Rule number one of this list is that we had to see the band live while we were at SXSW. It was an insane week of bouncing between shows, guessing which ones would or wouldn’t have lines and which shows would be running on time. Even though some cancellations derailed our schedule, we still managed to see about 40 bands.
This list isn’t for the likes of Future Islands, Washed Out and Real Estate, coverage of those bands is everywhere, but I will tell you this. Washed Out with their current lineup that includes three South Carolinians in Chris and Cameron Gardner on bass and drums and Dylan Lee on guitar is the best they’ve ever been. Future Islands are one of the most entertaining bands I’ve had the chance to watch in my life. I’ll admit that I wasn’t a fan of theirs after seeing their set at New Brookland Tavern years ago, but I had a huge change of heart after I heard the band’s hardy frontman Samuel Herring speak on a panel about being in a touring band at Hopscotch 2013. His passion for performance and confidence is something that changed my perspective on music in many ways. Later that day Future Islands performed on the main stage in downtown Raleigh and played their asses off to a crowd of fans who knew them well before they were a Letterman dancing meme. People haven’t gone that crazy when someone slapped the floor of the stage since Steve Wojciechowski slapped Coach K court a couple of miles down the road in Durham. As for Real Estate, what a snooze fest! It’s your first time back at SXSW in years, lighten up guys. Don’t expect the sound to be perfect, just have a little fun. Don’t call out the crowd for not having enough energy when you have none yourself. Good thing your songs are good. Now, onto the real reason we went to South by.
Bleeding Rainbow was high on my list of bands to see this year at SXSW and it almost didn’t happen. Their show Thursday afternoon at Cheer Up Charlie’s was cancelled along with all of the other day shows there, so my last shot was an unofficial showcase at Hole in the Wall (click the link you can actually see inside the bar from Google Street view), a solid hour walk from the center of activity at South by. Their set at 1:40 on Friday was my first show of the day, so I thought I had plenty of time for Torchey’s tacos and then Bleeding Rainbow, but what I didn’t count on is the most horrendous traffic in South Austin. I drove like a madman full of tacos, ditched the car in a Jack in the Box parking lot and sprinted in while they were playing “Images” halfway through their set. The crowd wasn’t large, but the dedicated few were into it. Bleeding Rainbow were just as gritty live as I had hoped. Coming from a Philadelphia scene that is the best punk scene in America right now, their new album Interrupt takes advantage of that boost in national recognition. Bleeding Rainbow aren’t one thing, but the sum of several rock and roll sub-genres and it works. But you don’t have to take my word for it, take a listen yourself.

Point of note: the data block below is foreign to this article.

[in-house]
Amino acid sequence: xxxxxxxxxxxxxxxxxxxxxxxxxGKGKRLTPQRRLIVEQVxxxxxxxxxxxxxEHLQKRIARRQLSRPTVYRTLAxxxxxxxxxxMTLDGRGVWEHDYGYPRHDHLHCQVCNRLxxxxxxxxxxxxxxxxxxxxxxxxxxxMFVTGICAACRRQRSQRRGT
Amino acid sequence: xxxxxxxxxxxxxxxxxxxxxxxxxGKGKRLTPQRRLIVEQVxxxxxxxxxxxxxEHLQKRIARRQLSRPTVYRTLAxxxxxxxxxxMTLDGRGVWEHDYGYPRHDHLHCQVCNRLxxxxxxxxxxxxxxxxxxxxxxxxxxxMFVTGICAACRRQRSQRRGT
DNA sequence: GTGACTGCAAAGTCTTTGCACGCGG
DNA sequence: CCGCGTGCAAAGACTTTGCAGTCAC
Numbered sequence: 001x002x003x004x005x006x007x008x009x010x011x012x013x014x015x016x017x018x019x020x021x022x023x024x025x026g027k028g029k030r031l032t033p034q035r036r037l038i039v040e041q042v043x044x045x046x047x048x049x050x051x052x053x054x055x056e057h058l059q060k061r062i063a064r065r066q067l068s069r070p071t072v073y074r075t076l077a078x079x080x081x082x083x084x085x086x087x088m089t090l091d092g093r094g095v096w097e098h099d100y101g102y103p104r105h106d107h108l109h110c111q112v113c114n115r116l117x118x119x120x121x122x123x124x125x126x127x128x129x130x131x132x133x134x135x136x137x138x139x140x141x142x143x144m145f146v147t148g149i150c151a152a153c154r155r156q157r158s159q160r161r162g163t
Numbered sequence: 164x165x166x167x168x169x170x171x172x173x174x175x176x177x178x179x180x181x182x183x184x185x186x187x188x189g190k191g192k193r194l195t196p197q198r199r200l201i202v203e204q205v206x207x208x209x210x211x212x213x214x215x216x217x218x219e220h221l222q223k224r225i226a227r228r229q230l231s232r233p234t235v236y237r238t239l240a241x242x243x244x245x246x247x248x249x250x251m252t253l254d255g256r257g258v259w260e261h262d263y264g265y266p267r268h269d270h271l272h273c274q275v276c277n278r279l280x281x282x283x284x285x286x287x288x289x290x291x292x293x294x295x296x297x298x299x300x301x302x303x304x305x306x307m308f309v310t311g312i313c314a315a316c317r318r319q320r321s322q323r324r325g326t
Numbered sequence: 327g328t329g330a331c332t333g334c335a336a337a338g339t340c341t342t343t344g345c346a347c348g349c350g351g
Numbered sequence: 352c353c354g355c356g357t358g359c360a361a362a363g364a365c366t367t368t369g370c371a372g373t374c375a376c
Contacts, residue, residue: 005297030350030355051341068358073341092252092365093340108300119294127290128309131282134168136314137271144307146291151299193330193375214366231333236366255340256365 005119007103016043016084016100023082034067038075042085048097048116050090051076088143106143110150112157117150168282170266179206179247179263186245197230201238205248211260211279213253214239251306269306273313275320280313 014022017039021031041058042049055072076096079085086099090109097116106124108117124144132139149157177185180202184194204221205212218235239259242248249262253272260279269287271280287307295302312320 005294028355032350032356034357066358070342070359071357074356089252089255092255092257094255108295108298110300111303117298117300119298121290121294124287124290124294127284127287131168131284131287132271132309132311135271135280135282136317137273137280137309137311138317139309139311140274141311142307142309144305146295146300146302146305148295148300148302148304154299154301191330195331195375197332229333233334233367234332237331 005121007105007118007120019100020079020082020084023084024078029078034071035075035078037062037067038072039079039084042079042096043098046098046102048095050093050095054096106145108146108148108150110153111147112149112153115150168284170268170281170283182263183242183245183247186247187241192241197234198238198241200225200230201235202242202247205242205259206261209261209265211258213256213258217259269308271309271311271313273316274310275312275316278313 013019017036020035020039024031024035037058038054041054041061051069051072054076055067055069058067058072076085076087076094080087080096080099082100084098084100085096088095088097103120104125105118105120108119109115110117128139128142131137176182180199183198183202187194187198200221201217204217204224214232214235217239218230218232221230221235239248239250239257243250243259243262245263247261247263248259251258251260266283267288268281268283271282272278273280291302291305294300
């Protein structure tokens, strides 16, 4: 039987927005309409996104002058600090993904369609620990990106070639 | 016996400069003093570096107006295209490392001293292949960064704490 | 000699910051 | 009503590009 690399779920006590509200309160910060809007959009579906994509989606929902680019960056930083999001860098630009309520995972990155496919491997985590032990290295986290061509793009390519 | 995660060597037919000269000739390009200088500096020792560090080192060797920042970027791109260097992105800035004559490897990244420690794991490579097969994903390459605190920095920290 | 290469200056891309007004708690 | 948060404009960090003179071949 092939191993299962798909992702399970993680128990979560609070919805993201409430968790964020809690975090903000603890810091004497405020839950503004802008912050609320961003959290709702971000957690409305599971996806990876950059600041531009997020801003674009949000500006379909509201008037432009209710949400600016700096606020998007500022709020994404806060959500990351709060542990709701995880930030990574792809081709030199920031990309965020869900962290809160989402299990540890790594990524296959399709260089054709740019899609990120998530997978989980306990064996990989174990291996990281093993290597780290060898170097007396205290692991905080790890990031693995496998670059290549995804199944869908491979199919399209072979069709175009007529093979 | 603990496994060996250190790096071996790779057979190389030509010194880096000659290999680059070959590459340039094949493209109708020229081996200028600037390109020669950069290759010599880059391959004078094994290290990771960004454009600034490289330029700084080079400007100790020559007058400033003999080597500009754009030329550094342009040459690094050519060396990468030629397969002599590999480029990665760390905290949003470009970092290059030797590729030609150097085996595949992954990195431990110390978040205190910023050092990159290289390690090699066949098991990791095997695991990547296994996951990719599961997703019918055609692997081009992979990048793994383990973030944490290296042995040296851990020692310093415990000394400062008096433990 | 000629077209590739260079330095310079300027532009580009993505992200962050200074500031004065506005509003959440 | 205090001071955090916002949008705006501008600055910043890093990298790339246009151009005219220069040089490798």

Bully played in the middle of the Nashville showcase on Friday night where the crowd consisted mostly of people waiting to crowd surf for the next band on this list Diarrhea Planet. One time I was in Nashville at a random show that happened to be headlined by Nashville band Richie who played after Bully this year at SXSW. After seeing them in Nashville, I talked to the singer after the show and mentioned how much I enjoyed all the bands that night and how good they were. He responded with “Welcome to Nashville.” What I admire most about Nashville is the diversity in their music scene and the high level of talent that comes with it. Bully is fronted by the talented Alicia Bognanno. Her voice can go from silky smooth as heard on her previous project King Arthur to the grittiness of Bully. Bully is more fun, with its chunky guitar driven garage rock and clever lyrics.
Most of my post SXSW conversations have been centered around D Planet. Some people get it, and some people don’t and I get that. Their music isn’t for everyone, but one thing we can all agree on is the entertainment value of their live show. The first night we saw them they had all kinds of people diving off a monitor into the crowd. The second time we saw them they almost brought down a tent, had just performed a song with Melissa Etheridge and The Midgetmen, and then used wireless guitar technology to shred from the back of the crowd. People did all that stage diving and crowd surfing to win a shirt that said “Diarrhea is the New Fuck”. Limited SXSW 2014 edition. The music industry is the game you make it, and they’re having fun. Hate on that if you want, but I’d bet you’re a bitter, jaded person.